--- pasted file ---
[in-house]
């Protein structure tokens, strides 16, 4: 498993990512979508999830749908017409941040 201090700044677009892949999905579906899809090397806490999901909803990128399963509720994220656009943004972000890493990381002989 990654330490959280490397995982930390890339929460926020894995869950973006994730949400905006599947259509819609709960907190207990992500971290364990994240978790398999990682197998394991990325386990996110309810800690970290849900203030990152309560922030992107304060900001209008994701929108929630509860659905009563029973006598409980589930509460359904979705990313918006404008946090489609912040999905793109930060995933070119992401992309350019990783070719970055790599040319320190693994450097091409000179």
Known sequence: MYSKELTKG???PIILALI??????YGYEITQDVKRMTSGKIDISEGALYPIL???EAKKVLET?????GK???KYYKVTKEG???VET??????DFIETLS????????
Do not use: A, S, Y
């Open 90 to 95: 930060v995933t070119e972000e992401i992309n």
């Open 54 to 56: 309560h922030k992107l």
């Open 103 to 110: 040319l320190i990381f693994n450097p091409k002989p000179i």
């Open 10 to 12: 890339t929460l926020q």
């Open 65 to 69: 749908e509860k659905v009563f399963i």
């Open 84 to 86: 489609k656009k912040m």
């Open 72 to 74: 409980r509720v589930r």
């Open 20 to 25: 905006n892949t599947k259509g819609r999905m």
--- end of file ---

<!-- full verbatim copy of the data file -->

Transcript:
[in-house]
């Protein structure tokens, strides 16, 4: 498993990512979508999830749908017409941040 201090700044677009892949999905579906899809090397806490999901909803990128399963509720994220656009943004972000890493990381002989 990654330490959280490397995982930390890339929460926020894995869950973006994730949400905006599947259509819609709960907190207990992500971290364990994240978790398999990682197998394991990325386990996110309810800690970290849900203030990152309560922030992107304060900001209008994701929108929630509860659905009563029973006598409980589930509460359904979705990313918006404008946090489609912040999905793109930060995933070119992401992309350019990783070719970055790599040319320190693994450097091409000179």
Known sequence: MYSKELTKG???PIILALI??????YGYEITQDVKRMTSGKIDISEGALYPIL???EAKKVLET?????GK???KYYKVTKEG???VET??????DFIETLS????????
Do not use: A, S, Y
């Open 90 to 95: 930060v995933t070119e972000e992401i992309n």
């Open 54 to 56: 309560h922030k992107l």
């Open 103 to 110: 040319l320190i990381f693994n450097p091409k002989p000179i």
């Open 10 to 12: 890339t929460l926020q």
């Open 65 to 69: 749908e509860k659905v009563f399963i």
């Open 84 to 86: 489609k656009k912040m």
């Open 72 to 74: 409980r509720v589930r």
């Open 20 to 25: 905006n892949t599947k259509g819609r999905m």